Although the founding of Malaga is attributed to the Phoenicians, archaeological remains in various parts of the province indicate that prehistoric man had already left his mark on the area. Later on, the Carthaginians and Romans would come. The latter bestowed upon the city the status of a confederate city of Rome, a privilege enjoyed by only three cities in Andalusia. The Roman Theatre and Lex Flavia Malacitana, the remains of which were found in the 19th century, date back to this era, the 1st century AD.

Three centuries later the Christians arrived, and the Visigoths made their presence felt. Their might was definitively established in the 7th century. The Arabic invasion occurred in 711 and with it the capture of Malaga. During the time of the taifas (small Spanish kingdoms), Muslims from the kingdom of Granada established themselves in the city. From 1057 this had a positive effect on the city’s growth, and was the period during which the Alcazaba (Citadel) was built. Five centuries after this, on the 18th of August 1487, Malaga surrendered to Castilian troops after a cruel battle in which Ferdinand the Catholic King acted without compromise in dealing to the Arabs. Any survivors were sold as slaves, or exiled. The void left by the Arabs was filled by Christians from all parts of the country.

The 17th century was a tragic time for the city. Added to the poor harvests, famine and epidemics were the huge floods in the years 1580, 1621 and 1661, and the earthquake of 1680 that damaged many buildings. Surprisingly, one that was saved was the Cathedral.

Malaga would not return to normality until well into the 18th century. This was a time of renewed commercial activity, largely thanks to business dealings with America. However, just as the city had recovered from the tragedies of the 17th century, it again suffered a harsh setback with the outbreak of yellow fever in 1803 and 1804. This set off another downward trend that the city would take years to recover from. There were also the effects of the French invasion, despite the achievements of the guerrilla resistance movements of Serranía and Axarquía. During the absolutist reign of Ferdinand VII, altercations never ceased between his followers and the liberals. The King’s troops in Malaga arrested the liberal General Torrijos along with some of his companions. In December 1831, they were executed by firing squad on the beaches of Malaga. Years later a memorial obelisk was erected in their memory in the Plaza de la Merced (Square of Mercy).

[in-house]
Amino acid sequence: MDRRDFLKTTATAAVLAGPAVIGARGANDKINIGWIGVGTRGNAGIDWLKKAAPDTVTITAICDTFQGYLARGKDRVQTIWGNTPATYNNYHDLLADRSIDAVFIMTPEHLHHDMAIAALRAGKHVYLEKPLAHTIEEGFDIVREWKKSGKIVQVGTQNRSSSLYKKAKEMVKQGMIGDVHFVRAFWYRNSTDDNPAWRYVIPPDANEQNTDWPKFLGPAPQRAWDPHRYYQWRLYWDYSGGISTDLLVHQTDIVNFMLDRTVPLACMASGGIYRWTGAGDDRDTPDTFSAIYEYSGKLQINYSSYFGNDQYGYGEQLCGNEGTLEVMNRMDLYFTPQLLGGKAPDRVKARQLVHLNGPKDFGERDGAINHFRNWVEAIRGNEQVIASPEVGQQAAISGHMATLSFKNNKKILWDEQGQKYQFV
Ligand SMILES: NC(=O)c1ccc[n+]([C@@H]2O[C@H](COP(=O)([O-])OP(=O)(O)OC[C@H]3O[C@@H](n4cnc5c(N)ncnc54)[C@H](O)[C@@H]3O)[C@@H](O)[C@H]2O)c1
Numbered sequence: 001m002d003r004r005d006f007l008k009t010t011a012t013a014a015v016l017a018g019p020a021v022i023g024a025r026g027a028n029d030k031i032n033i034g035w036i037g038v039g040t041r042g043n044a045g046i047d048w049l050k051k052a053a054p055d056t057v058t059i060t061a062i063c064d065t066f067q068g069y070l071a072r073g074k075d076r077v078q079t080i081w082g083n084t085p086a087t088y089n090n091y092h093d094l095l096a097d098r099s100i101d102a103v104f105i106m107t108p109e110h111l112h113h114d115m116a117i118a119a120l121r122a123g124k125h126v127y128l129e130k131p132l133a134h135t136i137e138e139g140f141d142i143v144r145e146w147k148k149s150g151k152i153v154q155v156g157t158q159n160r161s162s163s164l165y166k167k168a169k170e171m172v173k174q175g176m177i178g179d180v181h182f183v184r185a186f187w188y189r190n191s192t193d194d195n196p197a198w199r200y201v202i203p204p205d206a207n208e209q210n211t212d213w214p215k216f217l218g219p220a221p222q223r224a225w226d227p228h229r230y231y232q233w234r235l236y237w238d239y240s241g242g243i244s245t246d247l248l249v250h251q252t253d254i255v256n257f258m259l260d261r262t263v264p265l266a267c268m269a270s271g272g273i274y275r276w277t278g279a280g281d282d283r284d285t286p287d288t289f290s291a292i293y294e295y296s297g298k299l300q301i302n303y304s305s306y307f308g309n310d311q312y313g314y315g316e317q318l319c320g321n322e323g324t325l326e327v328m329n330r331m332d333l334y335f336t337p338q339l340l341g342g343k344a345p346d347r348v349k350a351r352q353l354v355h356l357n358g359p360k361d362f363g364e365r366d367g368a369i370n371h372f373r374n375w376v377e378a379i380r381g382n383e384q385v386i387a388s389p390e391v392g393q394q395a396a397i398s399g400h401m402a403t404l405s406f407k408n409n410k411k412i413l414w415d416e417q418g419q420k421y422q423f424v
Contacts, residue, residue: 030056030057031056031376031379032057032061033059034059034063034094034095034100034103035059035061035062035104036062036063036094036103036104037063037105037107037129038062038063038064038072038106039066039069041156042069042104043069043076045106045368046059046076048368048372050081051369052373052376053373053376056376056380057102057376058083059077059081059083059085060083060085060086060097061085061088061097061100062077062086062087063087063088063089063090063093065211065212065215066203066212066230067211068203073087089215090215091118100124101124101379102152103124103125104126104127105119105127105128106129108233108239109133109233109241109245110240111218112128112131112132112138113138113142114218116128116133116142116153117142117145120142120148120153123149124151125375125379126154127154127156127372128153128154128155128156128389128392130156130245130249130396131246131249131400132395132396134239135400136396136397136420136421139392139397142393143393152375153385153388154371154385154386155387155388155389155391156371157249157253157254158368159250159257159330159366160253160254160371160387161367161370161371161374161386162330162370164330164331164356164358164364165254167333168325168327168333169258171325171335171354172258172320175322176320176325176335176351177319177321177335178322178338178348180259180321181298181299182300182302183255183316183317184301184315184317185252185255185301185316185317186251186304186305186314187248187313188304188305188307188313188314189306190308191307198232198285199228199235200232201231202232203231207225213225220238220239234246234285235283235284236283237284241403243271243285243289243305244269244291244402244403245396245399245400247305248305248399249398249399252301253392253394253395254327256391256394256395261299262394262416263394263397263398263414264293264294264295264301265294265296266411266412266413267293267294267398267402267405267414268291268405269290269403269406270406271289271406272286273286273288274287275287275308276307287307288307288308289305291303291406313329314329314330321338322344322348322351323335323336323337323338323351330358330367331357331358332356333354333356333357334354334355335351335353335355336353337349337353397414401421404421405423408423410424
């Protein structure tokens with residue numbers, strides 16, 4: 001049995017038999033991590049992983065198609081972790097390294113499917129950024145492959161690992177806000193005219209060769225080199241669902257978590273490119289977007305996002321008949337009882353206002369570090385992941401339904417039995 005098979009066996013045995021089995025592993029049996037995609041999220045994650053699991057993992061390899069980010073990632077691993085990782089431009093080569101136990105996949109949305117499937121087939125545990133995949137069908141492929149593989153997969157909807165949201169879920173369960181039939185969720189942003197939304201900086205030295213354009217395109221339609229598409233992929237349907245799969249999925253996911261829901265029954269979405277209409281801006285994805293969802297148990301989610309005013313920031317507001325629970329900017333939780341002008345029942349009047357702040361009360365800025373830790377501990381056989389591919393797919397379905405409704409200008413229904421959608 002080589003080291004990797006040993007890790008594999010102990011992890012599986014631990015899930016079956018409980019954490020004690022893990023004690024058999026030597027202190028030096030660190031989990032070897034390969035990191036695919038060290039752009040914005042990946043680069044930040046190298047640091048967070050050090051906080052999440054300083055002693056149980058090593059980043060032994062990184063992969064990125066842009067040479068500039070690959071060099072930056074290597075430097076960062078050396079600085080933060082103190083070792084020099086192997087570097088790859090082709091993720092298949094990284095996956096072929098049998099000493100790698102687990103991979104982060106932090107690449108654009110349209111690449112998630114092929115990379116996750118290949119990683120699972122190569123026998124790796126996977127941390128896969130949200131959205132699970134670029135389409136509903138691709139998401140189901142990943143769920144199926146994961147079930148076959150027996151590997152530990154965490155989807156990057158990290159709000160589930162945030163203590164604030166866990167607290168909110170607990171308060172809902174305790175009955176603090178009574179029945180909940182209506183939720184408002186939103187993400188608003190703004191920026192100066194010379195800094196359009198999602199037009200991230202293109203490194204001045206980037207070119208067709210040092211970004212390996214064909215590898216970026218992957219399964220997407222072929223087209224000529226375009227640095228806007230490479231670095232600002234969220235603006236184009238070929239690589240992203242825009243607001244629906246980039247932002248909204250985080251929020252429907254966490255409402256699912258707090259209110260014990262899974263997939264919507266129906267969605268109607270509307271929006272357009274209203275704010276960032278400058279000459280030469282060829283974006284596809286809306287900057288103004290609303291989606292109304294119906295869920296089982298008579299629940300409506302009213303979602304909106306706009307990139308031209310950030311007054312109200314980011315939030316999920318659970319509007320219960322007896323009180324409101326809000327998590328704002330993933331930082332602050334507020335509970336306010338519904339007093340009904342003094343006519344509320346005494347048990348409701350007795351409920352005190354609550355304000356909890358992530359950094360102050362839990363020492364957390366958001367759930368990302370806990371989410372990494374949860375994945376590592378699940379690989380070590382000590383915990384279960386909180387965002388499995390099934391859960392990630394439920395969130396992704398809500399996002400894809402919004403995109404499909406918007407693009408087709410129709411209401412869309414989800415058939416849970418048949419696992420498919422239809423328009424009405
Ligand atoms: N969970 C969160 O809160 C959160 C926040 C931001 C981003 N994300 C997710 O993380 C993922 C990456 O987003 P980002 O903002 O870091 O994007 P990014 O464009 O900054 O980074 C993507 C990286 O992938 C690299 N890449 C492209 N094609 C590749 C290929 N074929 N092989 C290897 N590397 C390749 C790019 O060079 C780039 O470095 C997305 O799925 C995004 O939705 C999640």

Following the death of Ferdinand VII in 1833, the liberals took power and Malaga assumed an important role in the nation thanks to industrialisation. Iron and steel works and textile factories were established. The latter were instigated by the Larios and Heredia families. They jointly founded ‘Industria Malagueña’ in 1846, which made Malaga the second most important industrial centre in the country after Barcelona.

Malaga began the 20th century with an industrial crisis that had started at the end of the previous century with their inability to compete with Catalan industries, and the high price of coal. The agricultural sector was also in crisis due to the destruction of the vines by phylloxera (similar to green-fly). The economy deteriorated with the loss of Cuba, and commercial activity slowed. The situation did not change until the Primo de Rivera dictatorship (1923-1929). Agricultural prosperity had a positive influence on external commerce and industry. The economy once again suffered with the proclamation of the Republic. The working classes were constantly striking over conditions and increasing unemployment. The torching and sacking of religious institutions in 1931 were manifestations of this discontent.

After the military uprising on the 18th of July 1936, Malaga remained under Republican control until their defeat in February 1937. With the Civil War over, the arduous task of rebuilding the city began. Some industries began to recover, but true recovery began in the 1950s with the tourist explosion. This generated enormous economic activity, making public works possible. The service sector then developed, and it remains the basis of today’s economy. By exploiting its sun and its beaches, Malaga has become one of the most important tourist destinations in Europe.